Davy’s CEO steps down after bond deal revelations
Brian McKiernan has resigned as CEO of stockbroker Davy Group following revelations that some executives looked to profit from a bond deal by secretly taking the opposite side of a client’s trade.
Danish pension group criticised for fossil fuel exposure
The Danish pensions and insurance provider PFA has come under fire for financing tar-sands oil production in Alberta, Canada, with investors saying it contradicts the group’s environmental pledges.
LEISURE AND HOSPITALITY
Aprirose seeks buyer for QHotels
Aprirose is reportedly seeking to sell QHotels, a chain of four-star properties which it spent £525m acquiring in 2017. The property investor is said to be working with advisers to offload the business.
House prices up 5.2% in February
Figures from Halifax show that house prices rose 5.2% year-on-year in February, hitting an average of £251,697, although prices fell month-on-month, with a 0.1% decline on January’s average. Property values were 0.5% higher in the December to February quarter than in the September to November quarter. Meanwhile, Halifax managing director Russell Galley said the new mortgage guarantee scheme will help buyers by increasing the availability of loans requiring a 5% deposit, adding that “raising a deposit continues to be the single biggest hurdle for first-time buyers to overcome." Andrew Asaam, mortgages director for Lloyds, said issues around deposits remain “the biggest struggle” for those trying to get on the ladder.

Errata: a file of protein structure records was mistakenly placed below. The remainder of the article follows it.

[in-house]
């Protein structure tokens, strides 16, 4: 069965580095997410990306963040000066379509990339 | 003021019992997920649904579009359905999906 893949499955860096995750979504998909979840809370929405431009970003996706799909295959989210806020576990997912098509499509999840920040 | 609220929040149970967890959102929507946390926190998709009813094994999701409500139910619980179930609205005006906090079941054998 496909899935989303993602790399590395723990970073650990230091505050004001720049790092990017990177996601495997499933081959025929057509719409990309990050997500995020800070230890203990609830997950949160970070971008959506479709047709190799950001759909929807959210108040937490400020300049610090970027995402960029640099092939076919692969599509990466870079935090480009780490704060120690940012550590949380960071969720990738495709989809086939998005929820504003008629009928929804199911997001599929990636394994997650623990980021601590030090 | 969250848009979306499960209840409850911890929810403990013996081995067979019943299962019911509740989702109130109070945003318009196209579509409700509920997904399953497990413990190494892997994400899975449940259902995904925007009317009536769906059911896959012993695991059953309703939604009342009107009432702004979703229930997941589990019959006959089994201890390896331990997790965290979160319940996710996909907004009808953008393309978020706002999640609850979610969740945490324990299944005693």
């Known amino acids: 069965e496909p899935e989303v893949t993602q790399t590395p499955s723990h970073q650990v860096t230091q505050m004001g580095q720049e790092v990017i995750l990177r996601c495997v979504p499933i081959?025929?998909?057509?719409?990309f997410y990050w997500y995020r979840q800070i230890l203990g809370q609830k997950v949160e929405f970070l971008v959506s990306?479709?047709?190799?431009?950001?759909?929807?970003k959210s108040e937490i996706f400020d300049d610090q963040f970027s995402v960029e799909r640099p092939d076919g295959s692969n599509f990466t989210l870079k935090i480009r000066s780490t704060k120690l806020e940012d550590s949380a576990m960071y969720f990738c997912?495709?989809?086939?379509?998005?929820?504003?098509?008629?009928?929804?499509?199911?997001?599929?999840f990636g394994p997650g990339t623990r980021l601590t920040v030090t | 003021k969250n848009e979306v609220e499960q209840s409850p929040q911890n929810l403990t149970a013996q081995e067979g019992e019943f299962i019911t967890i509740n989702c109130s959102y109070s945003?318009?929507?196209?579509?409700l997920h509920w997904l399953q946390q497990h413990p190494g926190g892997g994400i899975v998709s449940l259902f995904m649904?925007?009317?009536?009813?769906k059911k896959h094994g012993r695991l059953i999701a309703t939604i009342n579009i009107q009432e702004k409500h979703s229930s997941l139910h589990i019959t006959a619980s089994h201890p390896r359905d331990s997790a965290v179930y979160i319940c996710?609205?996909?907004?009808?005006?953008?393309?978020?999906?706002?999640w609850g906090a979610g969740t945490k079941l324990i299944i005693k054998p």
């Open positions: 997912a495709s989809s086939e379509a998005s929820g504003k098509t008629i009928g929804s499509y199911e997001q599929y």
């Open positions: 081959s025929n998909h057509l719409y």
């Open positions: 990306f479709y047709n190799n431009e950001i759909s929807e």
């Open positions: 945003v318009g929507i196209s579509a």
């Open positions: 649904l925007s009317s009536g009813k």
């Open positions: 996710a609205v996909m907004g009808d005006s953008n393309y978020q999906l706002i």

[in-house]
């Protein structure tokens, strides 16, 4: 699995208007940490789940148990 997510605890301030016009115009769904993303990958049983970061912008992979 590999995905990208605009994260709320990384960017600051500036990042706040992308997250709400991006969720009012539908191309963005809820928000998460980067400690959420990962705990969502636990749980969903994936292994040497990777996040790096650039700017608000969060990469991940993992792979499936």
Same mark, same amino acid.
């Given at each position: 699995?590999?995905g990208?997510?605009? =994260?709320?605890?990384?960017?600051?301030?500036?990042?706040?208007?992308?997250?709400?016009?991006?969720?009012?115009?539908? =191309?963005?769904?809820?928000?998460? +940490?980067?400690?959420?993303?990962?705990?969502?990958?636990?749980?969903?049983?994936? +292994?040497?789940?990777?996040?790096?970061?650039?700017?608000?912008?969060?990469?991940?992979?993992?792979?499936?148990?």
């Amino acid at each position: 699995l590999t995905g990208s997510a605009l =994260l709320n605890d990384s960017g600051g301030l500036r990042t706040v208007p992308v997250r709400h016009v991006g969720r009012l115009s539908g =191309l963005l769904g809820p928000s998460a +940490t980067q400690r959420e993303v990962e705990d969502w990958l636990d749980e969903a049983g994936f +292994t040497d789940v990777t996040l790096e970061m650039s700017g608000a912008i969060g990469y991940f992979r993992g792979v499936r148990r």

Duty holiday extension could drive prices up
House prices are expected to hit record highs after the Chancellor announced an extension of the stamp duty holiday. With the cut-off pushed back from the end of this month to the end of June and the threshold tapered until September, Rightmove predicts the move will save an additional 300,000 home buyers up to £15,000 each. While the current stamp duty holiday has helped push house prices to a record high, the extension is likely to drive further increases. Office for National Statistics data show that prices rose 8.5% to an average of £252,000 last year. The Office for Budget Responsibility says 2021 could see a 5% climb, having increased its November forecast of 3.5%.